Mozilla is privileged to work with an amazing team of volunteers around the world who dedicate their time and energy to Internet issues. I work with one such team in India. It’s a small but mighty group of about a half dozen volunteers who have been organizing grassroots events and outreach in India for several years. They’re educating everyone from college students to teenagers to stay-at-home moms and grandparents about privacy and security on the Internet.
This year, for International Data Privacy Day, the team decided to dream big. What if they could create and launch a social media campaign to provide a new privacy tip every day during the month of January that an average user could complete in only a few minutes? Could they add this piece to their in-person events? It was early November when they started planning, and the logistics were daunting. Volunteers had full-time jobs, direct control of only their own social media accounts and the challenge of producing original content, in 140 characters or fewer, to go live on a daily basis.
The team started by brainstorming a list of daily tips and quickly discovered they had enough content for a 31-day campaign. So they narrowed the list, focusing initially on Mozilla-related tips and then branching out to complementary tools and tips, such as:
- HTTPS! Browse securely. Look for a green lock in the URL bar https://www.eff.org/pages/https
- Use a Passphrase NOT a password. Hear it from Edward Snowden himself. https://youtu.be/yzGzB-yYKcc
- Private Browsing to the rescue! Enable with “Ctrl + Shift + P” on Firefox https://www.mozilla.org/en-US/firefox/private-browsing
Branching out meant they could tweet at the makers of the complementary tools and thus broaden their reach.
Divide and conquer
Next they divided into teams: two volunteers would create the social media posts, another would handle social media outreach and tracking, two more would lead in-person events, another two would focus on translation from English to local languages, another would create graphic images and finally one volunteer would coordinate teaching kits and other resources to mention in the posts. The volunteers grew their team to about nine people by reaching out to others who had the skillsets they needed for the campaign.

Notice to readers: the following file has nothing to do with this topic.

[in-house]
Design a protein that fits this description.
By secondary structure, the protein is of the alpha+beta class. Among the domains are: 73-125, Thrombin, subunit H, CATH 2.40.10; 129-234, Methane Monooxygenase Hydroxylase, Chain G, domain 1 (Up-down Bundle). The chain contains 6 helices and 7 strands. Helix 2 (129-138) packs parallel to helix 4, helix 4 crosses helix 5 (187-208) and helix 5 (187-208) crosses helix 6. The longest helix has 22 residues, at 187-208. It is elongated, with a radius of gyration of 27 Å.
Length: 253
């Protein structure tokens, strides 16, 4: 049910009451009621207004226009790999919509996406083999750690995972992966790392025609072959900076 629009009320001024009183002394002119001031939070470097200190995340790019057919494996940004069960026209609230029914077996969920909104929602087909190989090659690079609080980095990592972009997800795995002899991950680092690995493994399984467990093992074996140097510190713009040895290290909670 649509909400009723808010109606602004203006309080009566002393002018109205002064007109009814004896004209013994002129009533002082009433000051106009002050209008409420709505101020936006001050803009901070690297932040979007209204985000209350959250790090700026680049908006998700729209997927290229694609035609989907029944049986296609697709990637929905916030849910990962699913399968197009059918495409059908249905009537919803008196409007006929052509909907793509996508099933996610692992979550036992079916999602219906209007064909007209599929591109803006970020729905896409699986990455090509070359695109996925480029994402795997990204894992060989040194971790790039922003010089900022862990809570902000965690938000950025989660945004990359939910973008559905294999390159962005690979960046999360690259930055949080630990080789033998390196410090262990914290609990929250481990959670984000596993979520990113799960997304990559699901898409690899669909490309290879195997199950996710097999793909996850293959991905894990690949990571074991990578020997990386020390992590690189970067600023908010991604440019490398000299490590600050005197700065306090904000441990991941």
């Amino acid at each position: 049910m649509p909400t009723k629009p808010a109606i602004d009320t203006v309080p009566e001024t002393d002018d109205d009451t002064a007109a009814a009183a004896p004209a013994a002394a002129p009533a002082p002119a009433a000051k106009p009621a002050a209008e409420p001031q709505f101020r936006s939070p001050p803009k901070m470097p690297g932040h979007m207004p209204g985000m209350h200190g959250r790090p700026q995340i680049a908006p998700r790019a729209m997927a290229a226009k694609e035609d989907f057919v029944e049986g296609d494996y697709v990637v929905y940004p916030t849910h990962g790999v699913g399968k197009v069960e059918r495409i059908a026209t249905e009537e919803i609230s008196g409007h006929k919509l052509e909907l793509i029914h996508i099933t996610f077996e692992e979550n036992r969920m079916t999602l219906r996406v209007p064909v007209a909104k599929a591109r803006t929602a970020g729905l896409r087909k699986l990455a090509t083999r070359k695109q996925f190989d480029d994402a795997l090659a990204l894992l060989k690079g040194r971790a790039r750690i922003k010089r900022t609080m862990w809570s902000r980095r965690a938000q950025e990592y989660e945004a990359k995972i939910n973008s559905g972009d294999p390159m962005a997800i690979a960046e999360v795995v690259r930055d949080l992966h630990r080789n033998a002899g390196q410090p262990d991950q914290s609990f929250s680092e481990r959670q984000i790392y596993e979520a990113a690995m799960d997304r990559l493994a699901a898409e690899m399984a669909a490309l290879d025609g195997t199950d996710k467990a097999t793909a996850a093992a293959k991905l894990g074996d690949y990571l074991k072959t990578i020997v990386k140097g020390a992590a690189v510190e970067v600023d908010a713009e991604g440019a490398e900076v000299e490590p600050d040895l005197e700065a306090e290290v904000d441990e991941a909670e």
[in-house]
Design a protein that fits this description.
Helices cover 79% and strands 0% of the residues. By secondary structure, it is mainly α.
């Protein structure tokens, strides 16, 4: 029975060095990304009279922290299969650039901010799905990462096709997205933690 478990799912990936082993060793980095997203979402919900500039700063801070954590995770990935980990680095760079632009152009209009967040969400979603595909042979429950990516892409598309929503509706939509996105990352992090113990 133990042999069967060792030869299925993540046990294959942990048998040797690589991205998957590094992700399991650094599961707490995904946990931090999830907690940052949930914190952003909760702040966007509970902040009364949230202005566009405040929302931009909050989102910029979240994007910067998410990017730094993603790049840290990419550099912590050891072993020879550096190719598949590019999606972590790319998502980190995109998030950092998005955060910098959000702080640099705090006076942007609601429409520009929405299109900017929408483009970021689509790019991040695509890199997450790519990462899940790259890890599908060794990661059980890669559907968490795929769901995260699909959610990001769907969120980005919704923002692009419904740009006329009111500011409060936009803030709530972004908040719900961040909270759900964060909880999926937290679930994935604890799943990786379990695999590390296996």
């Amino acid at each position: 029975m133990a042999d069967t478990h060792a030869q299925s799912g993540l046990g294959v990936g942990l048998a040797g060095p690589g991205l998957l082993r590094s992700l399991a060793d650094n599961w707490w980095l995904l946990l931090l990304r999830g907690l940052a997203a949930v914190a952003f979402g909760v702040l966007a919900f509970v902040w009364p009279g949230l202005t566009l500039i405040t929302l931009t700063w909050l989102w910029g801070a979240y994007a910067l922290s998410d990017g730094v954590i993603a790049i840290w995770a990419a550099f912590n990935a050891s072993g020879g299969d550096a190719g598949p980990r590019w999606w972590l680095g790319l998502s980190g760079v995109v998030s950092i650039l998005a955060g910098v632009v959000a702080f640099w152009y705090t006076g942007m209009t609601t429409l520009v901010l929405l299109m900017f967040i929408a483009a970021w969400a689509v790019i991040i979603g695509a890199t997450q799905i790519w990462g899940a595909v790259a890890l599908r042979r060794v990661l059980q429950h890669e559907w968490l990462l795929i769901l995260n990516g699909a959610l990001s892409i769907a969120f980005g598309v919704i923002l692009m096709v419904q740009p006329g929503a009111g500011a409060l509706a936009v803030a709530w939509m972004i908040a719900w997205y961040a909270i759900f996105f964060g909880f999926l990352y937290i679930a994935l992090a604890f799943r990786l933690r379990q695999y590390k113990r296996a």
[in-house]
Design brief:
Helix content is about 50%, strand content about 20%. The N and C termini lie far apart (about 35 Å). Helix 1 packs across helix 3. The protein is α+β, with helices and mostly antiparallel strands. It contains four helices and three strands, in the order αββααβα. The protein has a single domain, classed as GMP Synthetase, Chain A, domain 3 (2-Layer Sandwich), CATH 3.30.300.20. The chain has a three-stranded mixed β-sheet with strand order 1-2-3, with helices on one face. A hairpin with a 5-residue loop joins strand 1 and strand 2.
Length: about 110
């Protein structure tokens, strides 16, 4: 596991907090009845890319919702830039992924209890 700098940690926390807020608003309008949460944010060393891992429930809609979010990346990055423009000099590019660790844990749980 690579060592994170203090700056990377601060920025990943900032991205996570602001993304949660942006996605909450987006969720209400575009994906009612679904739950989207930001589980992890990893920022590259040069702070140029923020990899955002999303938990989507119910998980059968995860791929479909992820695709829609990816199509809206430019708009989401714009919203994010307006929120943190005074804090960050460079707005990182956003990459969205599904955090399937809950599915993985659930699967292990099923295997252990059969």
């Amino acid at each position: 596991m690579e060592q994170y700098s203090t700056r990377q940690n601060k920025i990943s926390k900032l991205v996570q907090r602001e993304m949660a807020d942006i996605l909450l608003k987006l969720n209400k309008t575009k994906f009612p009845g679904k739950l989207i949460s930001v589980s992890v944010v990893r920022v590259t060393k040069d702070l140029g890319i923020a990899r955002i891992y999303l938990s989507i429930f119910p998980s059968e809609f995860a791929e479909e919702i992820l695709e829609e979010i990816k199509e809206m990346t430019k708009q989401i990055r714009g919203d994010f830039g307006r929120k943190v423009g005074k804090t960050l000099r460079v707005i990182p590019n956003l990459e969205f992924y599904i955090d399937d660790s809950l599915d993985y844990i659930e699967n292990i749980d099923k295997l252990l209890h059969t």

Rather than creating 31 posts at once, the team worked serially, focusing each day on turning that day’s topic into a compelling social media post. Reaching out to the owners of several Mozilla community-led social media accounts, they secured @MozillaIN to begin tweeting their tips throughout the month. Once they had an origination point, they reached out to other Mozilla communities to encourage them to retweet and share and the campaign started its growth trajectory. By creating a daily archive, they made it easy for others to adopt or remix the campaign.
How you can help
The result was magic. A grassroots campaign launched by a handful of dedicated volunteers, who felt a sense of accomplishment and pride. By sharing their process, I hope to motivate others to start their own grassroots campaigns for International Privacy Day. Don’t be afraid to dream big. Don’t be afraid to start.
You can also join this campaign and help the team reach a global audience. Take a look at the archived content here and tweet or retweet using #PrivacyMonth. For more about the #PrivacyMonth campaign, visit the wiki page and blog post. And to get involved in Data Privacy Day on social media, follow and use the #PrivacyAware hashtag leading up to Jan. 28 – and year-round.
About the author
Stacy Martin is a senior privacy manager for Mozilla. She works with volunteers to build communities around privacy and raise awareness about privacy and other Internet issues.